Renin is produced in kidney and exerts significant effect on liver. The renin-substrate concentration in patients with liver disease is much lower than that of normal subjects (Ayers 1967). Blockade of the renin-angiotensin system improves liver regeneration (Koh et al. 2013), i.e., renin is not favor liver proliferation.

SOD is an important antioxidant defense in nearly all living cells exposed to oxygen and is intensively expressed in kidney (Suh et al. 1997). SOD mimetic improves the function, growth and survival of small size liver grafts after transplantation in rats (Cui et al. 2012) and Cu/Zn SOD is broadly distributed in liver (Okado-Matsumoto & Fridovich 2001). It was found that cold-exposure activates brown adipose tissue thermogenesis but decreases SOD expression (Petrovic et al. 2010), indicating SOD has “cooling” effect.

AKR is expressed in kidney (MacLeod et al. 2010). The AKR superfamily comprises of several enzymes that catalyze redox transformations involved in intermediary metabolism, detoxification and biosynthesis (Barski et al. 2008). AKR-7A protects liver cells and tissues from acetaminophen-induced oxidative stress and hepatotoxicity (Ahmed et al. 2011). Cold-exposure suppresses AKR level significantly (Shore et al. 2013), indicating AKR has “cooling” effect.

GSH is a substance produced naturally by the liver and effectively scavenges free radicals and other reactive oxygen species (Wu et al. 2004). GSH plays a key role in the liver in detoxification reactions.

The liver group in Figure 1 shows the interrelationships among EPO, renin, SOD, AKR and GSH. When treated with EPO, the GSH and SOD levels in kidney of rats are significantly decreased (Hussein et al. 2011). The extracellular SOD is a major repressor of hypoxia-induced EPO gene expression (Zelko & Folz 2005), but treatment with EPO increases vascular expression of SOD1 (d'Uscio et al. 2010). SOD and GSH work together to prevent or repair the damage caused by reactive oxygen species. SODs convert superoxide radical into hydrogen peroxide and molecular oxygen, while the GSH peroxidases (GPx) convert hydrogen peroxide into water, and GSH helps the productivity of GPx (Weydert & Cullen 2010). GSH and AKR are also interrelated, since GSH levels are reduced in AKR-deficient strains (Chang & Petrash 2008). Furthermore, renin-angiotensin system stimulates EPO secretion (Vlahakos et al. 1995), and inhibition of GSH increases plasma renin activity (Murakami et al. 1989).

3.2 The assisting relationship between molecule groups and organs

Moreover, as shown in Figure 1, we found that molecules of heart group assist spleen, spleen group assists lung, lung group assists kidney, kidney group assists liver, and liver group assists heart. Along the outer circle it follows the assisting sequence of heart-spleen-lung-kidney-liver-heart. We have also found that the regulating sequence of heart-lung-liver-spleen-kidney-heart, i.e., the diagonal direction. However, the inversed direction may have opposite effect.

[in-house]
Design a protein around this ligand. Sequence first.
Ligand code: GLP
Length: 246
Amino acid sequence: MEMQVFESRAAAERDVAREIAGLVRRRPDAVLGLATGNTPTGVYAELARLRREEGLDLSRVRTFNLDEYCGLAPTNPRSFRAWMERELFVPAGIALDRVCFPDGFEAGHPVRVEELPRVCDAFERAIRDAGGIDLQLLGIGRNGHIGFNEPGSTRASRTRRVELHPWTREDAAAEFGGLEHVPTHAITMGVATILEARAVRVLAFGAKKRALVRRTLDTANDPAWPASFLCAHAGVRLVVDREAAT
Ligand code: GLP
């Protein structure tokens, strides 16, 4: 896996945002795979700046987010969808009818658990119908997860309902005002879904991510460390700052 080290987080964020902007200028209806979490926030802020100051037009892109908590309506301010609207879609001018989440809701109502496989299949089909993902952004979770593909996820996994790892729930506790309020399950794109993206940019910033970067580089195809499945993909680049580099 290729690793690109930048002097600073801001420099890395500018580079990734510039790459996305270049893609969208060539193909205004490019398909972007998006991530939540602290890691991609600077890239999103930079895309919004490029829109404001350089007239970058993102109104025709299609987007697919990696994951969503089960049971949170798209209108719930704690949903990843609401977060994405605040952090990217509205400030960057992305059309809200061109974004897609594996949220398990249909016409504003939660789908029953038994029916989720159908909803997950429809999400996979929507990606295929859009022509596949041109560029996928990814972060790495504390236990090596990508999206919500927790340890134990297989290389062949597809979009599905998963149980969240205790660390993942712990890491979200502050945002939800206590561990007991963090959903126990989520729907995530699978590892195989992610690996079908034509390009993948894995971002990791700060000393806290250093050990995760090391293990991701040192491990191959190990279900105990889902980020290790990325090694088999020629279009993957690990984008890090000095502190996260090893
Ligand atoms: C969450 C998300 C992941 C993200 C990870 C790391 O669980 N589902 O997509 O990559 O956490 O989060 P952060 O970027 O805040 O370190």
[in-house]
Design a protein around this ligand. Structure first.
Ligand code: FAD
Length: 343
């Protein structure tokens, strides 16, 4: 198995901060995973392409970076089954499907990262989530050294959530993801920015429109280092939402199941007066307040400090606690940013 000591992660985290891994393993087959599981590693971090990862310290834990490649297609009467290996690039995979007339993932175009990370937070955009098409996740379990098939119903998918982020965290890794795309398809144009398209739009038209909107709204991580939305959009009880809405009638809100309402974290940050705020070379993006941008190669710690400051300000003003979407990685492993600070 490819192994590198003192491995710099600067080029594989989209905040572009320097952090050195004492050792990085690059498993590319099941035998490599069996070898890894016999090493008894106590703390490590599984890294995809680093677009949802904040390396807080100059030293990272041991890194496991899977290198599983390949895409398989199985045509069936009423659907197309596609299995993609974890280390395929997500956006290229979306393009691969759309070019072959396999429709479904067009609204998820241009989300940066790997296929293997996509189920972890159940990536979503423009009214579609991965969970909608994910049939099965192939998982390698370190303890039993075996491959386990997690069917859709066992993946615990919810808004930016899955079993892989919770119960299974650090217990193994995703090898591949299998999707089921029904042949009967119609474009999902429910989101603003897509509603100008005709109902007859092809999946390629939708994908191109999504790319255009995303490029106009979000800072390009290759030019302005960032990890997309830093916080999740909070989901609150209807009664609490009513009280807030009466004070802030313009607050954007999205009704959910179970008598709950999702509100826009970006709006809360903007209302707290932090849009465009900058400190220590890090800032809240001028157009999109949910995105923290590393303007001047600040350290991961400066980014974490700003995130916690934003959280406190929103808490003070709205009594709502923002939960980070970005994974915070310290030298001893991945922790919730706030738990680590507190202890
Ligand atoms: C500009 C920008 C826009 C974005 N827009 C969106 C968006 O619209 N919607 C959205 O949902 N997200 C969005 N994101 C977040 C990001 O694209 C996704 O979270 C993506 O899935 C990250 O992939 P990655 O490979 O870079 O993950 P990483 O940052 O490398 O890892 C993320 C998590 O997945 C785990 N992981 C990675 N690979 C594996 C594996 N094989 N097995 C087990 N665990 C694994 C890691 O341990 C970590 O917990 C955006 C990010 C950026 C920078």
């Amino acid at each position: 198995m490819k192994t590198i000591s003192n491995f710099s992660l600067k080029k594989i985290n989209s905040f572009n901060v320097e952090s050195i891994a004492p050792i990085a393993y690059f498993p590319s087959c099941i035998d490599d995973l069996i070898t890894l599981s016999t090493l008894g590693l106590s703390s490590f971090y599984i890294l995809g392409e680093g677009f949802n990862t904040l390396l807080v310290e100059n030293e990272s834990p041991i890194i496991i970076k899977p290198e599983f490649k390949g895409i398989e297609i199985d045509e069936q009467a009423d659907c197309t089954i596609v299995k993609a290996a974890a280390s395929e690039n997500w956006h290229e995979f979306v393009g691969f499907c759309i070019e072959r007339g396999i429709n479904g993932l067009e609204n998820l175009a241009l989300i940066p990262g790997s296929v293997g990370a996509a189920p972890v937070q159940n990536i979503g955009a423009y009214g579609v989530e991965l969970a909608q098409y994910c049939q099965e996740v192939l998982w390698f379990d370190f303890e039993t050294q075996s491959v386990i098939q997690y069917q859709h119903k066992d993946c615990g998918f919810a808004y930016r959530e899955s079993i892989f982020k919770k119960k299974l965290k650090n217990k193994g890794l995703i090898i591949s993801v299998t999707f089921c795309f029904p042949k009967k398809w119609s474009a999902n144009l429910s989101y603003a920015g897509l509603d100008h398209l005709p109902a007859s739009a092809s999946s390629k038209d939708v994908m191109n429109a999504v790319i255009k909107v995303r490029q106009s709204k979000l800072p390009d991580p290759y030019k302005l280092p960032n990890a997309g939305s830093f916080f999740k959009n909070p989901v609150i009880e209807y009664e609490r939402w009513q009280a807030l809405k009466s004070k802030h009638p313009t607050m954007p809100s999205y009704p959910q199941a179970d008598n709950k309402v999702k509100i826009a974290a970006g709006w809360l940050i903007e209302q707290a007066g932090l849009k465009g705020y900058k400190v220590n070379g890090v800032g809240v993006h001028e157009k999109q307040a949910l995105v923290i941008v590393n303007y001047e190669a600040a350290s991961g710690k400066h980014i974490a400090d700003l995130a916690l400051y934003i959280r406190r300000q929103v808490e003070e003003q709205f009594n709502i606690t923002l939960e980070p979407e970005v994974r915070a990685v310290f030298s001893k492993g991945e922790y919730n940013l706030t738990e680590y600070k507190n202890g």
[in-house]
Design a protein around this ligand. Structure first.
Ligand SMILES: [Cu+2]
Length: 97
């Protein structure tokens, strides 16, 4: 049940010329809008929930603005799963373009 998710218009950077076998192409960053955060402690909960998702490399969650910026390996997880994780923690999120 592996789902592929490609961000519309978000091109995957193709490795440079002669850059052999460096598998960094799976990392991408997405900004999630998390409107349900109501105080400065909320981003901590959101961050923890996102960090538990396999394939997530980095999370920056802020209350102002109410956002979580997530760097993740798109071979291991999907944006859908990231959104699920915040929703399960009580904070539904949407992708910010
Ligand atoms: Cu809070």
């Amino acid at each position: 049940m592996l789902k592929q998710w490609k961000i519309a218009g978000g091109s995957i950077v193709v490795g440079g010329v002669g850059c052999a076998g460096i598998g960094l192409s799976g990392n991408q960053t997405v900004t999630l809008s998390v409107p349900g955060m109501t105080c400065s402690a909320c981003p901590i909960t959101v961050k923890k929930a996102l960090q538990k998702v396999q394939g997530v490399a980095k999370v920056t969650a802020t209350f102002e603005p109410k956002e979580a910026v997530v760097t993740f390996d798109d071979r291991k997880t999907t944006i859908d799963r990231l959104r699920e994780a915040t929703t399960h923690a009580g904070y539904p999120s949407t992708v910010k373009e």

3.2.1 The assisting relationship of heart-spleen-lung-kidney-liver-heart

The signaling molecules of heart group have assisting effect on spleen. For example, Mg deficiency causes morphological and immunological alterations in the spleen (Malpuech-Brugere et al. 1998); it was found that localized IGF-1 secretion enhances erythropoiesis in the spleen of murine embryos (Tan et al. 2015), lower IGF-I status is associated with higher spleen longitudinal diameter(Savastano et al. 2011), and IGF-I is necessary for survival or transition of myeloid progenitors into the spleen(Welniak et al. 2004); Ang II has a role in the establishment of an efficient T cell response in the spleen (Silva-Filho et al. 2013).

The signaling molecules of spleen group have assisting effect on lung. For example, ANP attenuates Lipopolysaccharides-induced lung vascular leak (Birukova et al. 2010); Retinoic acid regulates lung morphogenesis (Malpel et al. 2000); aldosterone may be used as a strategy to increase lung edema clearance (Olivera et al. 2000); and ghrelin is produced early by the fetal lung and promotes lung growth (Santos et al. 2006).

The signaling molecules of lung group have assisting effect on kidney. For example, HIF is involved in the regulation of a multitude of biological processes that are relevant to kidney function under physiological and pathological conditions, including glucose and energy metabolism, angiogenesis, erythropoiesis and iron homeostasis, cell migration, and cell-cell and cell-matrix interactions (Haase 2006); FGF-7 is part of the signaling pathway controlling collecting system size and nephron number in the kidney during development (Qiao et al. 1999); and VEGF is required for growth and proliferation of glomerular and peritubular endothelial cells (Schrijvers et al. 2004).